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Download A Perfect Union: Dolley Madison and the Creation of the American Nation Audiobook (Unabridged)

Extended Audio Sample A Perfect Union: Dolley Madison and the Creation of the American Nation (Unabridged) Audiobook, by Catherine Allgor
3 out of 53 out of 53 out of 53 out of 53 out of 5 3.00 (176 ratings) (rate this audio book) Author: Catherine Allgor Narrator: Anne Twomey Publisher: Macmillan Audio Format: Unabridged Audiobook Delivery: Instant Download Audio Length: Release Date: March 2006 ISBN:
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When the roar of the Revolution had finally died down, a new generation of American politicians was summoned to the Potomac to assemble the nation's newly minted capital. Into that unsteady atmosphere, which would soon enough erupt into another conflict with Britain in 1812, Dolley Madison arrived, alongside her husband, James. Within a few years, she had mastered both the social and political intricacies of the city, and by her death in 1849 was the most celebrated person in Washington. And yet, to most Americans, she's best known for saving a portrait from the burning White House, or as the namesake for a line of ice cream.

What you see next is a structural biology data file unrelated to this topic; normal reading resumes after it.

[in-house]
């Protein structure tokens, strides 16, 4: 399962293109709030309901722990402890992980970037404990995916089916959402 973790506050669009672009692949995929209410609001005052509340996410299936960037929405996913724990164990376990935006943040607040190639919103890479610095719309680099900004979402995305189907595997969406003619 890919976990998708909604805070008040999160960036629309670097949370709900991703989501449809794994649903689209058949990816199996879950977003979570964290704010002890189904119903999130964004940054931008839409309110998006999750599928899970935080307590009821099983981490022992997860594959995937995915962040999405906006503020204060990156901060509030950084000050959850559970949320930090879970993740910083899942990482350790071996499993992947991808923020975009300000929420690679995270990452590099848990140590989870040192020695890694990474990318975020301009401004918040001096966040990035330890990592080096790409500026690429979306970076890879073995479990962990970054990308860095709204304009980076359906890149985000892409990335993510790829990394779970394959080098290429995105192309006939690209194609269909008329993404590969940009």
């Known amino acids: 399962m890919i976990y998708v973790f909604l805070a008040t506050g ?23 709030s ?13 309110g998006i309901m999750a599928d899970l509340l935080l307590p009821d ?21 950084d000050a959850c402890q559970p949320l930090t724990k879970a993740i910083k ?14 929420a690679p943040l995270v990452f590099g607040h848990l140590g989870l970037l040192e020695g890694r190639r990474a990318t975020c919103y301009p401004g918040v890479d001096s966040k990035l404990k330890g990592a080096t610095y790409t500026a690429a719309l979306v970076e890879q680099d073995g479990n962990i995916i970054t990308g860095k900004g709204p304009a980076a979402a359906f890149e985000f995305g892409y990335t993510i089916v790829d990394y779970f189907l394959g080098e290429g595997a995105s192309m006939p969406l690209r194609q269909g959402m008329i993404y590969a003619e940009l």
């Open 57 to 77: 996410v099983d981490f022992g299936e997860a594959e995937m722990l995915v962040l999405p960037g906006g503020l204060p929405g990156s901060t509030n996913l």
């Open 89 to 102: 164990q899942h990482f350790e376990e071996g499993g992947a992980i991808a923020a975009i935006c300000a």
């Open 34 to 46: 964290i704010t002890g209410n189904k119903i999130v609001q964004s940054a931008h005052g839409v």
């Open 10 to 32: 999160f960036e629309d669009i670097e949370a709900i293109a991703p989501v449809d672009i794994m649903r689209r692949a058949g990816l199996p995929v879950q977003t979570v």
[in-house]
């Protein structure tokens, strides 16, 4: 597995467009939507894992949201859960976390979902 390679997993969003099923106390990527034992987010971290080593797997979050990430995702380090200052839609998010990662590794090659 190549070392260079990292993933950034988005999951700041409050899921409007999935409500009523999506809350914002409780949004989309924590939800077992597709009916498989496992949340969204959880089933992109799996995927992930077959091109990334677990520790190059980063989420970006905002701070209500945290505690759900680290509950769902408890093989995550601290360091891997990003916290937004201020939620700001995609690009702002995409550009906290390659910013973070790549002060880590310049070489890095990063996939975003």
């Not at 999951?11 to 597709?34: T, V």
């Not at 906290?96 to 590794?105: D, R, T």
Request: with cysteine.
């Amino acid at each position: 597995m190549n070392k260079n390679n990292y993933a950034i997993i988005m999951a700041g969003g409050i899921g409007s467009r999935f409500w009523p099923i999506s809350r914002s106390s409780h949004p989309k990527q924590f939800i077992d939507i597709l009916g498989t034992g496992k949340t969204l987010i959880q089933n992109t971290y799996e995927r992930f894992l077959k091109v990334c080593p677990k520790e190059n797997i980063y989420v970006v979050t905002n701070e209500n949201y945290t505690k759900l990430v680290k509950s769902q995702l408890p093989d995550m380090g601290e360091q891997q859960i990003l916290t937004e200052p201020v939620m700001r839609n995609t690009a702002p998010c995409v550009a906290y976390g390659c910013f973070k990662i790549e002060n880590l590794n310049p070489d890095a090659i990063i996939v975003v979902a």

Why did her contemporaries give so much adulation to a lady so little known today? In A Perfect Union, Catherine Allgor reveals that while Dolley's gender prevented her from openly playing politics, those very constraints of womanhood allowed her to construct an American democratic ruling style, and to achieve her husband's political goals. And the way that she did so, by emphasizing cooperation over coercion, building bridges instead of bunkers, has left us with not only an important story about our past but a model for a modern form of politics.